California’s new legal marijuana market marks the beginning of the end for prohibition

The federal government has mostly dodged these questions for years. But as more and more states legalize, it’s going to become much harder to deny where this is all going.

Until Election Day 2016, only four relatively small states had done so: Colorado, Washington, Oregon, and Alaska. Altogether, these states hold more than 17 million people, and their cumulative annual economic value totals around $1 trillion. In comparison, California alone is home to more than 39 million people and is worth around $2.5 trillion — more than twice as populous and wealthy as all the previous legal pot states combined. As recreational marijuana becomes a legal industry worth tens of billions of dollars, there is suddenly going to be a lot more financial interest in legalization. This is, in fact, what legalization advocates have long expected: The marijuana industry will increasingly play more and more of a role in the drug policy reform movement as legalization spreads. “On some level, we have always known that,” Ethan Nadelmann, former executive director of the pro-legalization Drug Policy Alliance, previously told me. “And I think 2016 may be the last year in which drug policy reform organizations, driven primarily by concerns of civil liberties and civil rights and other good public policy motivations, will be able to significantly shape the legislation. And I assume that as the years progress, various industry forces will loom ever larger.”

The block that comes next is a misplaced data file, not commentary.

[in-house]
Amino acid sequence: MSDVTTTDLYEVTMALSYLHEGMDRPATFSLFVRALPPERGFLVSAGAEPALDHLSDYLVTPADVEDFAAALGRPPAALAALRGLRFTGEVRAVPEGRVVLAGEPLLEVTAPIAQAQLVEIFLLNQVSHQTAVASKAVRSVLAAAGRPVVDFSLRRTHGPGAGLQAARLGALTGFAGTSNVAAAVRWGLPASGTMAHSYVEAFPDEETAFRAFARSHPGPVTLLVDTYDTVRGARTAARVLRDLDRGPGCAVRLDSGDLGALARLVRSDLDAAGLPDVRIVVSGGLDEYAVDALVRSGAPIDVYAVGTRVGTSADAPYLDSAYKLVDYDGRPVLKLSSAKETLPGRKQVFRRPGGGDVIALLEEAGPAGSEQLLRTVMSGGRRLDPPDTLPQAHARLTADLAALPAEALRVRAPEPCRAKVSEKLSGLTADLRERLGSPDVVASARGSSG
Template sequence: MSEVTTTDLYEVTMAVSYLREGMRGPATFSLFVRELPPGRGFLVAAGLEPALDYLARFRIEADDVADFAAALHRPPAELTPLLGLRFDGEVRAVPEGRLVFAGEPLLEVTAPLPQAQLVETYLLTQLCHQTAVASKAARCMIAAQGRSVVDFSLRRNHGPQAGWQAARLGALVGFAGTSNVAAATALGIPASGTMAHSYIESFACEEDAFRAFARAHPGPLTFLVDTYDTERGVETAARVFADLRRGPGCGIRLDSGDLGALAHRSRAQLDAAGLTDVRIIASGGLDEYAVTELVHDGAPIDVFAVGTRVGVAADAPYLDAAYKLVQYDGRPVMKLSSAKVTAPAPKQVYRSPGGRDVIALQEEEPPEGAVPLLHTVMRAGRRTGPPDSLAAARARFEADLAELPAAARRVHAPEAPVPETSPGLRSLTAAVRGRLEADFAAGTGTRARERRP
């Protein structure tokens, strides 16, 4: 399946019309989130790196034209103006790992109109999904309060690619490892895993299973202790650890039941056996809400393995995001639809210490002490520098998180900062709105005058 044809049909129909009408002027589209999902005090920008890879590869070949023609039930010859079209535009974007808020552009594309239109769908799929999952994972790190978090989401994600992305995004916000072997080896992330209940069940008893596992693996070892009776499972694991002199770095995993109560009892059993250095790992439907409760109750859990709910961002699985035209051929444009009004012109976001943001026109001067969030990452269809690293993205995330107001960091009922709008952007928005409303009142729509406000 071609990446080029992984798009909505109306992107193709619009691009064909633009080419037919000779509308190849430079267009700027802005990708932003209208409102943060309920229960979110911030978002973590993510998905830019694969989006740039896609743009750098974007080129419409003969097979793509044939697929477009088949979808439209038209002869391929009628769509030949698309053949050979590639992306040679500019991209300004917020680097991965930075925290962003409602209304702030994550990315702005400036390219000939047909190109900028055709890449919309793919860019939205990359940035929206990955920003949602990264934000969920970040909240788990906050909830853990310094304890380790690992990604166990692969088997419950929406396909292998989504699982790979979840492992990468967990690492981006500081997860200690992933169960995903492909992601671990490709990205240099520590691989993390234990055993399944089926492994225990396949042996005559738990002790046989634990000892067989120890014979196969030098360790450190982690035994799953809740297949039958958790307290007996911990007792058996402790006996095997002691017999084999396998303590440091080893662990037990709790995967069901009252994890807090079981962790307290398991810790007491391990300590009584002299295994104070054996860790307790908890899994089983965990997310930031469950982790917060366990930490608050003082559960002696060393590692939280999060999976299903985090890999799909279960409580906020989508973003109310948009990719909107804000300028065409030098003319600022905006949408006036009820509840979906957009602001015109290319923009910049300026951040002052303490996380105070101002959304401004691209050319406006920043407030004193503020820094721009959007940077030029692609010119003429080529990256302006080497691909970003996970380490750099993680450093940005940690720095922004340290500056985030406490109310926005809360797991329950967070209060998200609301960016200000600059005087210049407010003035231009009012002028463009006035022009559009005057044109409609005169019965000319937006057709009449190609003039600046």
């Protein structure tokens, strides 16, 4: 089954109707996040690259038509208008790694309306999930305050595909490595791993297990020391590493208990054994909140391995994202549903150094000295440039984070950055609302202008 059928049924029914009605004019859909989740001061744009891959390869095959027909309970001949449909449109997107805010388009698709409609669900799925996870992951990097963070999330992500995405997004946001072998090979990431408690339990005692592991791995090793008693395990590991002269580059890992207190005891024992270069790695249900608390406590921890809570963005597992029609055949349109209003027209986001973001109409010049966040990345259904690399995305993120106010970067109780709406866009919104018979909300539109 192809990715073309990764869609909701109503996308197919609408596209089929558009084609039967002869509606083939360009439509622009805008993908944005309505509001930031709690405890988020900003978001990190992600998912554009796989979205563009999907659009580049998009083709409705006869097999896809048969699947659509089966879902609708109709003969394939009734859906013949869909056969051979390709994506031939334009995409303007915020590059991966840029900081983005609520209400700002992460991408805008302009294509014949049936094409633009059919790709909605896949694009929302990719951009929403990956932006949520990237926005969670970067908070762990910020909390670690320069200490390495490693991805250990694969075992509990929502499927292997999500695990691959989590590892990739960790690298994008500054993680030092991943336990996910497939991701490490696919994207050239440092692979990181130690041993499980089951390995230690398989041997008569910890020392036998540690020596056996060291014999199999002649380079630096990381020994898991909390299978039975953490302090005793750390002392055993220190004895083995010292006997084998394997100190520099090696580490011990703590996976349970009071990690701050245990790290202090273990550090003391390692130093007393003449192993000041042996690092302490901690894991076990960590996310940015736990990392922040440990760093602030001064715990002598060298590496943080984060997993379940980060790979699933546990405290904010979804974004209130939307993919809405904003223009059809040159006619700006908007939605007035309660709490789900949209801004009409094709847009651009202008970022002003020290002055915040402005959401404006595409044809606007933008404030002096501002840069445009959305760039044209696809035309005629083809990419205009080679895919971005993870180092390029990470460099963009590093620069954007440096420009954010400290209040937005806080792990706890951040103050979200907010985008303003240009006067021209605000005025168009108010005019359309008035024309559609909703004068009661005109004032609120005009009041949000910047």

Original Article (Vox):
California’s new legal marijuana market marks the beginning of the end for prohibition
Artwork Fair Use: New York Times


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